By BGEA Staff • June 1, 2004
The origins of Easter can be traced to several pre-Christian cultures. The name Easter is attributed to Eastre, the Teutonic goddess of spring and fertility, Astarte the Phoenician goddess, Ishtar the Babylonian goddess, and Oster, the German equivalent. Eastre was celebrated on the day of the Spring Equinox.
Jesus was crucified at the time of the Passover; read John 13:1; 18:28, 39; 19:14. In the early centuries of the Christian church, the celebration of Christ’s death and resurrection, based on the timing of the Jewish Passover, coincided with Eastre’s festival.
As pagans were transformed by the Gospel, the Christian celebration took the pagan name. In the year 325, the Nicene Council set the annual observance of Easter on the first Sunday following the full moon after the March equinox (usually March 20 or 21).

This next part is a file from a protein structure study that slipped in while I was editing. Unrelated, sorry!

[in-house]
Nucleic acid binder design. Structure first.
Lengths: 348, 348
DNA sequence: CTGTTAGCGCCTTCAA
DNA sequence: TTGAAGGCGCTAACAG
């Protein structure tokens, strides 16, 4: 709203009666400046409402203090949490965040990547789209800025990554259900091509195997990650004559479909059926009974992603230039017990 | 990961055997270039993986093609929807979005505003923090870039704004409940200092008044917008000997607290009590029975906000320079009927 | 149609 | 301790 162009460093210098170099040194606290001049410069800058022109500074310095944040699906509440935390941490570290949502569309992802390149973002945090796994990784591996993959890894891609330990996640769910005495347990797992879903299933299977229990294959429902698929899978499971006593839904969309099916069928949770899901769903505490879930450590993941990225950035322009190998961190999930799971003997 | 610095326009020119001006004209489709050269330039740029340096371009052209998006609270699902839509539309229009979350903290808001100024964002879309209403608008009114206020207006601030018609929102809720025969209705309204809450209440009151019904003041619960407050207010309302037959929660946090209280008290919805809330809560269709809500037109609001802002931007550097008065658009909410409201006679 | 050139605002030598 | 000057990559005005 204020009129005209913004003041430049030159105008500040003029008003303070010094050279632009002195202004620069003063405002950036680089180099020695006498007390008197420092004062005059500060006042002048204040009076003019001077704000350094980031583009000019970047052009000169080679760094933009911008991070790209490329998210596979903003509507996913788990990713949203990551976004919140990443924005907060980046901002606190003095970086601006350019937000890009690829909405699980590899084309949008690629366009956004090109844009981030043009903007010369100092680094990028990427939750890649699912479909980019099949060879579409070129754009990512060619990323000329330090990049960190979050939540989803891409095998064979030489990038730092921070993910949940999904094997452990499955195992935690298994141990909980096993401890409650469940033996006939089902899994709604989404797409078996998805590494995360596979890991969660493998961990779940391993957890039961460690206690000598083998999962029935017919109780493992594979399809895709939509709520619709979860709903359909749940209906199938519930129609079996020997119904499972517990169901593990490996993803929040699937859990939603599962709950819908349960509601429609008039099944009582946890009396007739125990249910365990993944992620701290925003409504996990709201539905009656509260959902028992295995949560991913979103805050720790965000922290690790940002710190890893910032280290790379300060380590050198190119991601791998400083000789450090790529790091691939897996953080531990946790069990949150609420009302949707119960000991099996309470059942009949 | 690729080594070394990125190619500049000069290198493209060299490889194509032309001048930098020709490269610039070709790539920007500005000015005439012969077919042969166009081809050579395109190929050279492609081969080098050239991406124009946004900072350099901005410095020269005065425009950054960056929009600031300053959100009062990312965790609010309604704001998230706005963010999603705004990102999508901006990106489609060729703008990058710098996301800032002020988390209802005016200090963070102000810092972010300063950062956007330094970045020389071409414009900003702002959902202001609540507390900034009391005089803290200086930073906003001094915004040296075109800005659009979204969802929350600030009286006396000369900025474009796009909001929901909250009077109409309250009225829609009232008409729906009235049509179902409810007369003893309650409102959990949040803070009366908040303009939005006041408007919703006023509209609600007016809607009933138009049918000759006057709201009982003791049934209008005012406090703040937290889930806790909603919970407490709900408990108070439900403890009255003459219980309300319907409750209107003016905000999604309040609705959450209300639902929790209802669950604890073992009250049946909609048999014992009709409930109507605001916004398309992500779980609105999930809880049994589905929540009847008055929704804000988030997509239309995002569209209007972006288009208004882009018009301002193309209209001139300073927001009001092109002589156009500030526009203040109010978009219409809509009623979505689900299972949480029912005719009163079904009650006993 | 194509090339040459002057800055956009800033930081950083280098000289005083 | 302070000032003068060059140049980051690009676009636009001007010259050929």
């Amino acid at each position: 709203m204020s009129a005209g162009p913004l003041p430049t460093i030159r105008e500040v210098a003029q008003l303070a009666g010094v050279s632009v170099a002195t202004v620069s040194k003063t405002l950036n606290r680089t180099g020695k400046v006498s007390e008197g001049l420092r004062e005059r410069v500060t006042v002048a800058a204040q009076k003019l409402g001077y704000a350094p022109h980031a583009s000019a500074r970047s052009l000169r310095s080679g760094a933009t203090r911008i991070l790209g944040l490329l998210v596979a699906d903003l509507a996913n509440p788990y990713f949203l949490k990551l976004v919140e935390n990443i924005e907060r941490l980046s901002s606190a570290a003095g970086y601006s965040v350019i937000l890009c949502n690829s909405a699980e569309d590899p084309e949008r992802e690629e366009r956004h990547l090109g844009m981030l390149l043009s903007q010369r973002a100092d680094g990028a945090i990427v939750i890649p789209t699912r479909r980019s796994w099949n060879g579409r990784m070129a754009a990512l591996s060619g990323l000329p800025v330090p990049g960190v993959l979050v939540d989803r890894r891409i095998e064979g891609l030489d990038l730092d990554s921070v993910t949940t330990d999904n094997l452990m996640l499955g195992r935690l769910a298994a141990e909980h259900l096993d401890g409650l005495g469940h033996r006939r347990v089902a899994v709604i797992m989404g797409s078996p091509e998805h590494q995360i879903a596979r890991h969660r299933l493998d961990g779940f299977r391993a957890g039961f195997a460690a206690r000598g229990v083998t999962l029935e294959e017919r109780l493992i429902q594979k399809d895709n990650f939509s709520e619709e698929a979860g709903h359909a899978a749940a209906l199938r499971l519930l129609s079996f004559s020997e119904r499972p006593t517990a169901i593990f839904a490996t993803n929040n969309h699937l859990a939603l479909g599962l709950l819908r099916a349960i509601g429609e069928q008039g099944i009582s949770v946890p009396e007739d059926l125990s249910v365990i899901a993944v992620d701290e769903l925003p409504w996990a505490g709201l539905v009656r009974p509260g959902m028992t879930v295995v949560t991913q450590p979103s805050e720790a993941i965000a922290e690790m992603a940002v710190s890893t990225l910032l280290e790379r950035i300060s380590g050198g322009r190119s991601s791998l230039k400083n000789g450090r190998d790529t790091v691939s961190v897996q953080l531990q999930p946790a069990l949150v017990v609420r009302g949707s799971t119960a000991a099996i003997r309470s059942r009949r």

Some Christians prefer the name Resurrection Sunday instead of Easter. This avoids any confusion with pagan roots and also exalts the significance of Christ’s death and resurrection above the commercialization of Easter. May God help us to honor Christ every day, including the day when we especially remember His glorious resurrection.